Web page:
“It is going to be a difficult case for the feds,” said Lave. “But that
being said, prosecutors are supposed to be interested in justice. And
even a loss in federal court would send a powerful message that this
kind of conduct is not OK.”
The automatic, almost reflexive and unexamined links that some
Americans make between young black men, crime and danger are fed
and reinforced almost every day in most movies, commercials, music
and even on some news networks, said Rashad Robinson, executive
director of Color of Change, a nonprofit social justice organization.
Color of Change plans to mobilize people outraged by the
Zimmerman verdict to push for federal charges and a sea change in
media depictions of young black men, Robinson said.
“People may be inclined to dismiss this, but we need look no further
than young, black men like Trayvon Martin and Oscar Grant and
Jordan Davis to understand the power of media to shape these
negative perceptions, and that those ideas can have grave
Since Trayvon’s death last year, conditions at the shooting scene have
changed, and some witnesses and people with valid information may
have become harder to find or moved away. And the town’s mostly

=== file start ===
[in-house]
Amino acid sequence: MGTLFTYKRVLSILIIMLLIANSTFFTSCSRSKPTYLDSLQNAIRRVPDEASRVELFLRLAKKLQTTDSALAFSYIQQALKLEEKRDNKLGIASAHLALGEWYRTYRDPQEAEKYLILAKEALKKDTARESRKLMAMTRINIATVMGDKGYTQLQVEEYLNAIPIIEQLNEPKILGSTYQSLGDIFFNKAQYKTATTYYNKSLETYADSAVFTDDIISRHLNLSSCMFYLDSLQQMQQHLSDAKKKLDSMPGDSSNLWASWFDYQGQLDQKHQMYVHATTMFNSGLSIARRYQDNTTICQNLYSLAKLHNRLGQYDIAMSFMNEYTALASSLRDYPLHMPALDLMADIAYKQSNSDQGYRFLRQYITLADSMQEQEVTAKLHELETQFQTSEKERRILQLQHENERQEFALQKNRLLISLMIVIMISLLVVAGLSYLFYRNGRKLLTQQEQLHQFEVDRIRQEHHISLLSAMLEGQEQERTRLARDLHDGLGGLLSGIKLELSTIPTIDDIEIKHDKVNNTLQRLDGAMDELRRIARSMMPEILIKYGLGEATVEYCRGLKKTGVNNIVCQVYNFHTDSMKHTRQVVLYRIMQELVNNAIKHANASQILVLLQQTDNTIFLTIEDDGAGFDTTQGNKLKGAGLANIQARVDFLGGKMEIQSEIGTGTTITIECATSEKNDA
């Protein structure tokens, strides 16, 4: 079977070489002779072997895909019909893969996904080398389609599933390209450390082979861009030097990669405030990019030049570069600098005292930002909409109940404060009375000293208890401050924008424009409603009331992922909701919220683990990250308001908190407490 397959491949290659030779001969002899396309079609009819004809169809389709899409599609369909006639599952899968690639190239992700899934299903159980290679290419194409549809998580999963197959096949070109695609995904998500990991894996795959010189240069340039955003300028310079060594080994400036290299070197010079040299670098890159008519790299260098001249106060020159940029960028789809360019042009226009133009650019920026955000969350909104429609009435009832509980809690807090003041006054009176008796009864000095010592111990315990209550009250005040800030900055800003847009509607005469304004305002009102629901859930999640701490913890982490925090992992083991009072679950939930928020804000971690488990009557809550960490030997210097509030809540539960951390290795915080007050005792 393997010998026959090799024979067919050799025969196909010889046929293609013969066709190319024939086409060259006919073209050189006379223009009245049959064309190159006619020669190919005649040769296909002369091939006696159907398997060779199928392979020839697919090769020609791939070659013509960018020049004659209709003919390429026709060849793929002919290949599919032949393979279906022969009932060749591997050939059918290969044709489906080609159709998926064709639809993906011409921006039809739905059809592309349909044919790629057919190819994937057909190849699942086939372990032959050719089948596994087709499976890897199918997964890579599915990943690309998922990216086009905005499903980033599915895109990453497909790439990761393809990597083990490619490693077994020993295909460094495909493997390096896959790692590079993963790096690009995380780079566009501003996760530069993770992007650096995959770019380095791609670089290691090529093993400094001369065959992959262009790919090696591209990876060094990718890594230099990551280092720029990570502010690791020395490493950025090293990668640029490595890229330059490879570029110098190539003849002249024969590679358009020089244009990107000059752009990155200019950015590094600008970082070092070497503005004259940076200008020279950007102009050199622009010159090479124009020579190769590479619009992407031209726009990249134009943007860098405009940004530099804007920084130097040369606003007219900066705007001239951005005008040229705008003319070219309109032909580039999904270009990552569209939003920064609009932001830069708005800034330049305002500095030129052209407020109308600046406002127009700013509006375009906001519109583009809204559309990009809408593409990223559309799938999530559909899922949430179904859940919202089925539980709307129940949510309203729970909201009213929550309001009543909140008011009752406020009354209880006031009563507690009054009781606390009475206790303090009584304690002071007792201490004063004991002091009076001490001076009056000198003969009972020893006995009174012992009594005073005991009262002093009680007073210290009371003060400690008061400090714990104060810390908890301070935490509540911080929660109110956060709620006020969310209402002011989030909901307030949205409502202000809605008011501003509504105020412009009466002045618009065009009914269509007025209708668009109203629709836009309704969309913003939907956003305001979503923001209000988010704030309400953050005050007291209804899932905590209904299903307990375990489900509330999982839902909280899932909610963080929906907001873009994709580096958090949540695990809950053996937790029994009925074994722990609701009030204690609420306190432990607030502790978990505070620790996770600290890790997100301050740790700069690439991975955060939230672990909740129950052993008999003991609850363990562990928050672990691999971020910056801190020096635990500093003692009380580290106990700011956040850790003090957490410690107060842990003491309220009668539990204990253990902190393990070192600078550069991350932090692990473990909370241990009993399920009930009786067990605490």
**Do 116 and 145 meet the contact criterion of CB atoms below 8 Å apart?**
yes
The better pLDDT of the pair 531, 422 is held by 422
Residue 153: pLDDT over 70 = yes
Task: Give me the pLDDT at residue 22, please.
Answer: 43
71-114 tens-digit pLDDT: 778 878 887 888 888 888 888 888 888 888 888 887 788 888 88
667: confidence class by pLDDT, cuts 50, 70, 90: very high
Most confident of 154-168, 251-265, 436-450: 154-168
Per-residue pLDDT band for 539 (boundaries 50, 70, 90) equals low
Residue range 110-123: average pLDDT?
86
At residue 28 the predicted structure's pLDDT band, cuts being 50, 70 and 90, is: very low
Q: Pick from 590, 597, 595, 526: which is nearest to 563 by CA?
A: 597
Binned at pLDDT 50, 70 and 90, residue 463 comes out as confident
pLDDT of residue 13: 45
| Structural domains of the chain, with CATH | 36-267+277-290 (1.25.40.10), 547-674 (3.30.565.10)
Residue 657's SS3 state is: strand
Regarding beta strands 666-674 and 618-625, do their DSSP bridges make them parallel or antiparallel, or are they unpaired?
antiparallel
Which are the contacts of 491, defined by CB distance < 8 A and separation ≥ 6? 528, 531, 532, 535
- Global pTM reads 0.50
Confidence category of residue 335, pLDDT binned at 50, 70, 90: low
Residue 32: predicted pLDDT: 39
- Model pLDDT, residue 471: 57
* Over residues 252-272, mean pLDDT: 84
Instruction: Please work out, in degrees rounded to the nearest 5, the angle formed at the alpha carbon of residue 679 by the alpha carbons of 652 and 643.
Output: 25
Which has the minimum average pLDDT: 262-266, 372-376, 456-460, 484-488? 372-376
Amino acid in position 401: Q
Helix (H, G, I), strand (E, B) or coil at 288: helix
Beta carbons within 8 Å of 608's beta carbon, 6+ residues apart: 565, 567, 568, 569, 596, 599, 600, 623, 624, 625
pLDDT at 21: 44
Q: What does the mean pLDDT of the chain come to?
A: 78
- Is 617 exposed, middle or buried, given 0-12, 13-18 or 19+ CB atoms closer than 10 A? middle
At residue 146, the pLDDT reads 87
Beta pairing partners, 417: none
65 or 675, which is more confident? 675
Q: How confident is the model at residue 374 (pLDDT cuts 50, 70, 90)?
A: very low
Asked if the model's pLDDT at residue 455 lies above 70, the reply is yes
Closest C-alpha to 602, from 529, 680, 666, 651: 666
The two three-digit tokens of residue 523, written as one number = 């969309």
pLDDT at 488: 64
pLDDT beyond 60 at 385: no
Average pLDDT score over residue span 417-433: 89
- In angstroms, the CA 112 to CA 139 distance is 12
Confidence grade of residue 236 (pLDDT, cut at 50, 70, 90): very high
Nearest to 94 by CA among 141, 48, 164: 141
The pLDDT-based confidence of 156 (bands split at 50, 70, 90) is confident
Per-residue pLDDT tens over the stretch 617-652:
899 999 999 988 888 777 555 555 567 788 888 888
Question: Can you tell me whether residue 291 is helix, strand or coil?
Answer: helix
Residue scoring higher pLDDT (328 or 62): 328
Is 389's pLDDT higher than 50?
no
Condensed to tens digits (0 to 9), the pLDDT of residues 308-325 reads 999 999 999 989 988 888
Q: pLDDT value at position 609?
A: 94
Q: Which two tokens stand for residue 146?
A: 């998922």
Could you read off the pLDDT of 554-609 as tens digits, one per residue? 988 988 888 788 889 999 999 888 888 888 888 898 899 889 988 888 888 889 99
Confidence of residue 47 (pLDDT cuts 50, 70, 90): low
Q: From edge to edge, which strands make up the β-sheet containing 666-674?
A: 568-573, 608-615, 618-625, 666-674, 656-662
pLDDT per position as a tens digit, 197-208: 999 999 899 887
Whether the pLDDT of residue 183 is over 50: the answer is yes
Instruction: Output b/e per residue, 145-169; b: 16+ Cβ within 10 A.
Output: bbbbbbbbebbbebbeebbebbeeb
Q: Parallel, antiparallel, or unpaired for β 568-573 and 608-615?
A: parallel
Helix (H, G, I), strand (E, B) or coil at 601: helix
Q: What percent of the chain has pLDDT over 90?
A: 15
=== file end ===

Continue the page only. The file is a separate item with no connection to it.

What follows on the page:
conservative white residents are said to largely support Zimmerman.
But civil rights investigations are frequently challenging.
A special Department of Justice division created to investigate
unsolved or unresolved race-related cases involving crimes that
occurred decades ago has extra resources for its work. This cold-case
unit has identified 112 cases with 125 victims, according to the
division’s most recent report to Congress. It has since closed 89
cases and prosecuted just three.
The numbers are discouraging, and under previous conservative
administrations civil rights prosecutions of even current cases became
rare, said Christina Swarns, the NAACP Legal Defense Fund’s
interim litigation director and director of the criminal justice project.
But, this is 2013, a time when faith in the criminal justice system and
its pursuit of justice should be affirmed, Swarns said. So, the NAACP
Legal Defense Fund has also joined the call for a federal investigation.
“If the states are unwilling or unable to provide justice, the federal
government has to step in,” Swarns said. “It just can’t be that black
children can be killed because of their race, there’s no answer and we
all go home.”
Janell Ross is a reporter in New York working on a book about race,
economic inequality and the recession, due out next year.
Failure Is Not An Option